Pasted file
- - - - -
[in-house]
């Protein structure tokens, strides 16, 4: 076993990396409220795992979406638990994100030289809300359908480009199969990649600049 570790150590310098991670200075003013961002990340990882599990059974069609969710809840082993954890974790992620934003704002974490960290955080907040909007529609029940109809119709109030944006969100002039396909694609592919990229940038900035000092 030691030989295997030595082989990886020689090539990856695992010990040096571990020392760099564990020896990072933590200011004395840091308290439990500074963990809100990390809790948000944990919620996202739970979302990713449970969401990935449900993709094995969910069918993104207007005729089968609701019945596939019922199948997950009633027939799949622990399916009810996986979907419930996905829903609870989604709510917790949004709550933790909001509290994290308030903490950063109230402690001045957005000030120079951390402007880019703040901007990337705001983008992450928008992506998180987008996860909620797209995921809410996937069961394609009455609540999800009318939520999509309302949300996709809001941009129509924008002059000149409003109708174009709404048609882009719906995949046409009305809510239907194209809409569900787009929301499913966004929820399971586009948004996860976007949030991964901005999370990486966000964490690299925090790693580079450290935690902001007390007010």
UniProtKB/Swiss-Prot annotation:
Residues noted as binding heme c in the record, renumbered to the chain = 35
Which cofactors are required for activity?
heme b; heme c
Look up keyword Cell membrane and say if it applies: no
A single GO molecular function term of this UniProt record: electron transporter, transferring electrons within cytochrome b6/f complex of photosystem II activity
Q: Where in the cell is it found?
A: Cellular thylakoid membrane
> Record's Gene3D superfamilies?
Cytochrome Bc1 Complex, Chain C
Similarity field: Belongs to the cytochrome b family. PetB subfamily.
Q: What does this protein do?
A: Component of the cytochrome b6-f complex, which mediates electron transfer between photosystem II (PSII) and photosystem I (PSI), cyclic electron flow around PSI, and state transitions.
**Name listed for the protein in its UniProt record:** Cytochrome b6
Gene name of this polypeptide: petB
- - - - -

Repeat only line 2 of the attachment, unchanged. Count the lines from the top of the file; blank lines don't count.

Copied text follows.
């Protein structure tokens, strides 16, 4: 076993990396409220795992979406638990994100030289809300359908480009199969990649600049 570790150590310098991670200075003013961002990340990882599990059974069609969710809840082993954890974790992620934003704002974490960290955080907040909007529609029940109809119709109030944006969100002039396909694609592919990229940038900035000092 030691030989295997030595082989990886020689090539990856695992010990040096571990020392760099564990020896990072933590200011004395840091308290439990500074963990809100990390809790948000944990919620996202739970979302990713449970969401990935449900993709094995969910069918993104207007005729089968609701019945596939019922199948997950009633027939799949622990399916009810996986979907419930996905829903609870989604709510917790949004709550933790909001509290994290308030903490950063109230402690001045957005000030120079951390402007880019703040901007990337705001983008992450928008992506998180987008996860909620797209995921809410996937069961394609009455609540999800009318939520999509309302949300996709809001941009129509924008002059000149409003109708174009709404048609882009719906995949046409009305809510239907194209809409569900787009929301499913966004929820399971586009948004996860976007949030991964901005999370990486966000964490690299925090790693580079450290935690902001007390007010």